Vorarlberg is the westernmost federal state (Land) of Austria. Although it is the second smallest in terms of area (Vienna is the smallest) and population (Burgenland is less populated), it has the second highest population density (after Vienna). It borders three countries: Germany (Bavaria and Baden-Württemberg via Lake Constance), Switzerland (Graubünden and St. Gallen) and Liechtenstein. The only Austrian federal state that shares a border with Vorarlberg is Tyrol to the east.
The capital of Vorarlberg is Bregenz (28,000 inhabitants), although Dornbirn (45,000 inhabitants) and Feldkirch (30,000 inhabitants) are larger cities in terms of population. Vorarlberg is also distinct in that it is the only state in Austria that does not speak an Austro-Bavarian, but rather an Alemannic dialect; it therefore has much more in common culturally with its Alemannic-speaking neighbours Switzerland, Liechtenstein and Swabia than with Bavaria and the rest of Austria.
A church is technically a term for a gathering of citizens in a town (origins from ancient Greek), but is commonly understood by the Christian adoption of the word as gathering of Christians in a building or structure to facilitate worship and the meeting of its members, specifically in Christianity. Originally, Jewish Christians met in synagogues, such as the Cenacle, and in one another's homes, known as house churches. As Christianity grew and became more accepted by governments, notably with the Edict of Milan, rooms and, eventually, entire buildings were set aside for the explicit purpose of Christian worship, such as the Church of the Holy Sepulcher.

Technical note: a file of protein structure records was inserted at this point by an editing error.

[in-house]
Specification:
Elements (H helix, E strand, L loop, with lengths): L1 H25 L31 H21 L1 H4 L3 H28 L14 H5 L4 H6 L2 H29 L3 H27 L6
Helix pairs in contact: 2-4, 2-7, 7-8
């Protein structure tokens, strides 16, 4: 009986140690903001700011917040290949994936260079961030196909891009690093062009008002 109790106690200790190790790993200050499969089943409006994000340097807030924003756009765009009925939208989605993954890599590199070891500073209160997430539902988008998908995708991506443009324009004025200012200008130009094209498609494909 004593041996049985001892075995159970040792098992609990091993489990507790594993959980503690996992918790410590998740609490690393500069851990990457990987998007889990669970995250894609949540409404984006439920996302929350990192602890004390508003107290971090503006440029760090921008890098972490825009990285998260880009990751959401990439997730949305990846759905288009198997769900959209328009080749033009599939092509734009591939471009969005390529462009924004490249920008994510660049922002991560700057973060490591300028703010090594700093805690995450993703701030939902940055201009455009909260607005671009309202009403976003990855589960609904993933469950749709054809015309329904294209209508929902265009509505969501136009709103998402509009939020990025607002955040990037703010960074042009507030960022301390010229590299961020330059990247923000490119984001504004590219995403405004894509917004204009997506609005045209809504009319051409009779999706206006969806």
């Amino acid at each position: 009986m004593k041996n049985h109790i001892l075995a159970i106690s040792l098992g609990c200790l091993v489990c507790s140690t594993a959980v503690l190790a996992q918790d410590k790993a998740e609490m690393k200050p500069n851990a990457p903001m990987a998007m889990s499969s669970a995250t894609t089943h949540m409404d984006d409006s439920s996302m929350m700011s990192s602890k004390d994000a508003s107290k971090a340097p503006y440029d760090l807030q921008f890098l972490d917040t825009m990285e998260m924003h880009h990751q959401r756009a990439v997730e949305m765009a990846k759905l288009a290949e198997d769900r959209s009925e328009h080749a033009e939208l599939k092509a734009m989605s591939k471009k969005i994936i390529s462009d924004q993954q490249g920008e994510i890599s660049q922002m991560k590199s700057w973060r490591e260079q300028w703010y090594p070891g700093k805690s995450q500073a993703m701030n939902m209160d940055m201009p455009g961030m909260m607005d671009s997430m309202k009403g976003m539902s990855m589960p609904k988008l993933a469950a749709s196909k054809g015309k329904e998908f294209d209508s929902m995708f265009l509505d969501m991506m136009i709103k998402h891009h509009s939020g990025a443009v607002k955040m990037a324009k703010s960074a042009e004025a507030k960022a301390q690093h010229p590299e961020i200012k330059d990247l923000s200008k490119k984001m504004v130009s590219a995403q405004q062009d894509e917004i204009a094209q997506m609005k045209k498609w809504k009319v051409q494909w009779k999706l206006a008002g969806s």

Traditional church buildings are often in the shape of a cross and frequently have a tower or dome. More modern church buildings have a variety of architectural styles and layouts; many buildings that were designed for other purposes have now been converted for church use; and, similarly, many original church buildings have been put to other uses.